Attend Town Hall Meetings—Support
Real Health Care Reform!
By International President Edwin D. Hill
August 7, 2009
As Congress considers whether to make major reforms in America’s health care insurance system, media attention has focused on town hall meetings where elected representatives, Democrat and Republican, have been shouted down and disrupted even before they can explain their positions on proposed legislation. Rep. Frank Kratovil (D-Md.) was even hung in effigy for supporting health care reform.
With hundreds more meetings planned across the nation during the August congressional recess it is important for level-headed trade unionists to attend and support true dialogue about real health care reform. I urge all locals and members to make immediate plans to mobilize our co-workers, families and neighbors to attend these town hall meetings.
Most Americans agree that our nation’s health care insurance system is in need of repair. Costs are too high. Too many citizens are denied insurance by private carriers because of preexisting health conditions, raising the premiums both on employers who offer insurance and individuals who are fortunate enough to still have health coverage. At the bargaining table, local unions are under increasing pressure to agree to higher deductibles and co-pays.
Solving these problems will not be easy. There is certainly room for disagreement. But real democracy cannot thrive unless citizens on all sides of an issue are willing to listen to and debate each other based upon solid factual evidence.
That kind of civil dialogue was promoted when town meeting-style government was established in many of the original colonies.
Unfortunately, some wealthy and powerful opponents of health care reform are promoting an entirely different model of citizen “involvement.” They are spreading untruths about proposed legislation and trying to rally Americans against what they call a “government takeover” of health care. They are encouraging citizens to disrupt town hall meetings and shut down intelligent discussion of alternatives.
One of the groups sponsoring protests at town hall meetings is called Conservatives for Patient’s Rights. The group is headed by Rick Scott, the founder of Columbia/HCA, a huge hospital chain. Scott was ousted by the corporation’s board of directors and the company was fined $1.7 billion for overbilling state and federal health plans.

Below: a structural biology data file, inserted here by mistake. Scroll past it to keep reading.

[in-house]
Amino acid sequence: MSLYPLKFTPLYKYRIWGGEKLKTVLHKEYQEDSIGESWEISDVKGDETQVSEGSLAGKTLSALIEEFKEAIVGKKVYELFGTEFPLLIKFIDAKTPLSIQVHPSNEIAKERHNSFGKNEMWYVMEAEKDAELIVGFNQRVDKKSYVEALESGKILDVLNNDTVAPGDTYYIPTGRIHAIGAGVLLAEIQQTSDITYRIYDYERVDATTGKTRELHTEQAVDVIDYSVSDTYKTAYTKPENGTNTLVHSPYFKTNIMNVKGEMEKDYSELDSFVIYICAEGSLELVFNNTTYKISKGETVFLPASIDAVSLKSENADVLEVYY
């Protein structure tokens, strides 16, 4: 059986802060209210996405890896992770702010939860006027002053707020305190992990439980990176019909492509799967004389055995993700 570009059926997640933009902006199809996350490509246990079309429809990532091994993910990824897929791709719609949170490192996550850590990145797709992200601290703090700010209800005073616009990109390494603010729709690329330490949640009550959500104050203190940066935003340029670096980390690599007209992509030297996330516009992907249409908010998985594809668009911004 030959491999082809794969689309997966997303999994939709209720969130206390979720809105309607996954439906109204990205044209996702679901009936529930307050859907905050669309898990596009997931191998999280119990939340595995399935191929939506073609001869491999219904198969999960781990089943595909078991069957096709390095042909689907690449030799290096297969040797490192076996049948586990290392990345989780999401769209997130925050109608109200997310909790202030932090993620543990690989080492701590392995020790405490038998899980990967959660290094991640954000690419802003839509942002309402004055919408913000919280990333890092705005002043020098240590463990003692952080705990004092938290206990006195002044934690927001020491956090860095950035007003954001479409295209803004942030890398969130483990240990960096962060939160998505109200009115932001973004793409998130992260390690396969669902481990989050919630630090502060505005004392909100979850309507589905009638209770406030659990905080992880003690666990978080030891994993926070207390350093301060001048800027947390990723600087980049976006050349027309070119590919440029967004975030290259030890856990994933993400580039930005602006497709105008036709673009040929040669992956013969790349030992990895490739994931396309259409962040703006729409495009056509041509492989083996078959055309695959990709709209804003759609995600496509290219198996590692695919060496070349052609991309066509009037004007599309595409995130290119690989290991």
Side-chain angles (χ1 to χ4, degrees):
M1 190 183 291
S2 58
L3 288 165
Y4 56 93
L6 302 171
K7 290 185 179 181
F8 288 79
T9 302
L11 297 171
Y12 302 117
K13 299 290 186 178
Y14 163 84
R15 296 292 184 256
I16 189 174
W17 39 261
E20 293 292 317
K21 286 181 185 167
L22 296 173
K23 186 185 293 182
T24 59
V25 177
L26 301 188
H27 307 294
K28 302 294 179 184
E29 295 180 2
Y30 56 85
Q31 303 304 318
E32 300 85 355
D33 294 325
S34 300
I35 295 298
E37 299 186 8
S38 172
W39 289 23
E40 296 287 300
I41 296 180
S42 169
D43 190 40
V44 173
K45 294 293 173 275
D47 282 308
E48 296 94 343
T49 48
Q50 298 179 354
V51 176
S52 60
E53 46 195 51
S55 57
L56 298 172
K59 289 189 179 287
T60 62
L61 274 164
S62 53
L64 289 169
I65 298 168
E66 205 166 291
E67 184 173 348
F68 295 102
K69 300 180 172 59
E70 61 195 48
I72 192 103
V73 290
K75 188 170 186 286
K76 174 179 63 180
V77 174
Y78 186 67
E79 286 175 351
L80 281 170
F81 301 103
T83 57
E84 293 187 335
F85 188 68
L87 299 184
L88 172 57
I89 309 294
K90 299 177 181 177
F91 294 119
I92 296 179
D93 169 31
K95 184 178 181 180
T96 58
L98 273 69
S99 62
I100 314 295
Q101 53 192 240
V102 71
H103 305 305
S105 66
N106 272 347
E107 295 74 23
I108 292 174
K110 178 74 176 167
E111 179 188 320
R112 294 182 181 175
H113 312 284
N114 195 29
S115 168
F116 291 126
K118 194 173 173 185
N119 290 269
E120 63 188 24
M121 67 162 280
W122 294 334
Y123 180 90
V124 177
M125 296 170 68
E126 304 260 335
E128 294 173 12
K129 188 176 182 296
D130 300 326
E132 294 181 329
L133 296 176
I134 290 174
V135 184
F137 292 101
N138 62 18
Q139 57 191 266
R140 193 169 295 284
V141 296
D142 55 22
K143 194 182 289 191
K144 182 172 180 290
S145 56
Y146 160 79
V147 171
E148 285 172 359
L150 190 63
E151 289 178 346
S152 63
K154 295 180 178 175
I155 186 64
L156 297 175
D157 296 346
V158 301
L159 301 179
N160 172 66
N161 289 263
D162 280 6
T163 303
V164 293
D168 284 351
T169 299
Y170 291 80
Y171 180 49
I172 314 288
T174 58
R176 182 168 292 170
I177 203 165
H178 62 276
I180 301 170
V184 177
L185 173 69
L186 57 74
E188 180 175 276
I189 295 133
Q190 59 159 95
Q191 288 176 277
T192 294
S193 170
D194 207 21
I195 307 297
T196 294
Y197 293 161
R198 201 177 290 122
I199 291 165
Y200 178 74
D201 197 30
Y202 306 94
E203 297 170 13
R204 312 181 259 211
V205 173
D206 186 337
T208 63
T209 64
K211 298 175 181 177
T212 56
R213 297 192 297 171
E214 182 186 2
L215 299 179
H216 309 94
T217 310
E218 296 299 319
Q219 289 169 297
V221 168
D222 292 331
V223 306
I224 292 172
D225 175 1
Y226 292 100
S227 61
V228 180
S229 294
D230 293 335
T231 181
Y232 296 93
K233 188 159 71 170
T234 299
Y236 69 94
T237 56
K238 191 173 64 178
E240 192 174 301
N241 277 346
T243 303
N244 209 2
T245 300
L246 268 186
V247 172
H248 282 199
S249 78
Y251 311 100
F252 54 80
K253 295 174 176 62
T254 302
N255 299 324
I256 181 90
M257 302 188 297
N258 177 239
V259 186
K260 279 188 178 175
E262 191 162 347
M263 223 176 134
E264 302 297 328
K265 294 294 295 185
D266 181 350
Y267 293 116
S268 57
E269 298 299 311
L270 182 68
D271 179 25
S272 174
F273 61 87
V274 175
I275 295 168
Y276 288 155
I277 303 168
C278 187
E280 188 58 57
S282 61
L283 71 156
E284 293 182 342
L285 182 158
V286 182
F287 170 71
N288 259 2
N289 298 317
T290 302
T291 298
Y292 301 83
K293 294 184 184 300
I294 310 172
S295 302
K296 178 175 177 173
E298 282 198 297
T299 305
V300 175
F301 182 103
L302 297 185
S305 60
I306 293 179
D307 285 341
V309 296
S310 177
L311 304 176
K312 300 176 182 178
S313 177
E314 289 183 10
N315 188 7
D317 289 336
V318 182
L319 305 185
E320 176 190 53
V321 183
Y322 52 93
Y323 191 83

Shutting down health care reform would hurt a lot of working families. But it just might help guys like Rick Scott and the big insurance companies who profit by denying medical coverage to millions of Americans. We can’t let that happen.
Amid all of the talk about “socialized medicine,” I thought it was interesting to watch a town hall meeting that was called by Rep. Gene Green (D-Texas). Nearly all of the attendees said they oppose “socialized, government-run health care.” But when Green asked how many of them collect benefits from Medicare, a government-run program, nearly one-half raised their hands.
We need to support labor-friendly members of Congress who want to see government play a constructive role in helping solve the health care crisis. And the town hall meetings scheduled during the congressional recess are the best place to do just that.
Visit www.healthcareforamericanow.org to find the nearest town hall meeting.
No matter what kind of health care insurance we now have, every IBEW member can find some personal benefit in the health care reform bills under consideration. Let’s make sure that the needs of America’s working families for quality, affordable health care are not drowned out by those who are misinformed, or even worse, those who have a vested interest in the current system.